By Lauren Rosewarne
I have a friend who smudges at the end of romances. This ritual involves sticks and dried herbs and some kind of essential oil, all bundled together with twine. The crunchy bunch will be burnt and all the bad energy from the latest entanglement gets vanquished from her home.
It’s too easy to give this smoky ritual the side eye: I’ve been known to bring my own kind of closure to a relationship by ceremoniously dropping gifts and anything else that he might have touched/soiled/looked at into my building’s garbage chute and revelling in the shatter.
Other women cut their hair, tear up letters, delete emails or post on Instagram photos of themselves taken at the airport departure lounge.
Spurned fans of Taylor Swift who broke off the love affair after she came out as a Democrat took to social media with videos of themselves burning their Tay Tay memorabilia. So broken-hearted are they that she’s supporting two Democrat candidates in the upcoming US midterm election that fans have been denouncing her through the singeing of objects that were once totems of their love.
There’s something deliriously theatrical about the whole marking-the-bust up shebang: that as humans, quietly and privately mourning the end of something isn’t enough; that even rolling into the foetal position and having a good wrenching sob isn’t enough. That sometimes we need to channel our pain into a physical display, and occasionally we’re involving lighter fluid.
My grandma wasn’t a particularly histrionic person – she wasn’t for example, the kind of nonna who’d hurl herself into an open grave at a funeral. One area though, where she let her freak flag fly was by marking the breakdown of family marriages. She’d get out the nail scissors and cut out the ex. Out of every single photo. And then she’d put the photo back in the album or frame. Aunties dressed as brides are still there beaming, the grooms though, are gone in every sense of the word.
For Jews, sorrow at the death of a loved one is sometimes expressed through the tearing of clothes. A symbolic gesture that gives form to grief but also physically represents the gash that the departure has left.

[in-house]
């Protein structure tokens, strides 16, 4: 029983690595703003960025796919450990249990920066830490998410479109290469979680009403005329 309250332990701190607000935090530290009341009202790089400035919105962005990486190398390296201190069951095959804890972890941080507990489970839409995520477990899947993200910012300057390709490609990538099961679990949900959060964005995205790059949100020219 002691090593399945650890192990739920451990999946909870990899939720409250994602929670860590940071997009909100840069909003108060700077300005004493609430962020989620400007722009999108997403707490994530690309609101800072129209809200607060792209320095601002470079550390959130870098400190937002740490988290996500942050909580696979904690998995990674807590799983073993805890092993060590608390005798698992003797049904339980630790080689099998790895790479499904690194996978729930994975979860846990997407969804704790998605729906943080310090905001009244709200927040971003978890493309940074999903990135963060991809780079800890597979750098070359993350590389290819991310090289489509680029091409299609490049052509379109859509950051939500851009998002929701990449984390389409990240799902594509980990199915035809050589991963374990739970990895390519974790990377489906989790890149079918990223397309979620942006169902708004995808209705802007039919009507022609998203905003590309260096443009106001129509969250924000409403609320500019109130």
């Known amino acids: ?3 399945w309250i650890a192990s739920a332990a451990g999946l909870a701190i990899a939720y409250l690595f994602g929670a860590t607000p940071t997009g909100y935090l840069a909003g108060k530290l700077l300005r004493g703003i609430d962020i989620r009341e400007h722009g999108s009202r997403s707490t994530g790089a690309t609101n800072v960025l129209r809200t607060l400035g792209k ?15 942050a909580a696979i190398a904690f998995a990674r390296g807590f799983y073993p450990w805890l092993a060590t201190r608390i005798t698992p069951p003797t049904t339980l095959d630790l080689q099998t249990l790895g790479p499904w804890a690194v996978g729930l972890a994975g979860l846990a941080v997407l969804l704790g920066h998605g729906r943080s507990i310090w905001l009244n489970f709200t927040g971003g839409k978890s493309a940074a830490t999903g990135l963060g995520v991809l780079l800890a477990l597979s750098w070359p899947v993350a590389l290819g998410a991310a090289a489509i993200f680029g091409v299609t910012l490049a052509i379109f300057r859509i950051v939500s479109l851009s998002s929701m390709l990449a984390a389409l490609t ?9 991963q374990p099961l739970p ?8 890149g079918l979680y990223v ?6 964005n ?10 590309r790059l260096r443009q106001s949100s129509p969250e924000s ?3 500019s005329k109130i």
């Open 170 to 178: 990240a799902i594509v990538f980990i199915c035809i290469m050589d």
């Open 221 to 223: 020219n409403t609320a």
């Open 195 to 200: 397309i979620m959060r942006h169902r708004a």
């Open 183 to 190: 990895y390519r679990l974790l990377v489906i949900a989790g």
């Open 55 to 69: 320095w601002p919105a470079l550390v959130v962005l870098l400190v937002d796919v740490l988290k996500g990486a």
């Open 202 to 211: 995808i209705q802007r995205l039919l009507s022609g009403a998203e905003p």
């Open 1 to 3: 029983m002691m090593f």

Australians of various cultural/religious backgrounds engage in a range of grief and transition commemorations: think about flowers left near the sites of traffic accidents, or the posting of Facebook messages to dead loved ones who’ve long stopped accessing their account. Think scribbling all over our school uniforms on the last day of high school.
We don’t partake of the full burning/smashing/cutting activities when we’re merely irked, or a little sad, or feeling only vaguely hard done by. Nobody erects a makeshift bonfire in their front yard to burn things that didn’t once mean something – or everything – to us. We burn because it’s over and we don’t know of a better way to deal with our pain.
Such destruction forms part of a very deliberate closure ritual. In a kind of magical thinking venture, we’re expunging the relationship and our obsession with it, and getting rid of every trigger that might turn us into a weepy puddle. We’re making a dramatic statement that we’re done, that it’s over, that the relationship is in ashes and so too is every physical representation of that love.
That Swifties chose flames to conclude their relationship with the singer is a lovely illustration of the metaphor of love as a fire: hot and scorching initially, and charred and ruined at its conclusion. Taylor herself even sang about the ritual of burning photos when love turns to charcoal. The story therefore, has come full circle with Swift – or at least the collectables with her likeness – becoming just another thing for her fans to burn in the aftermath of passion seared by politics.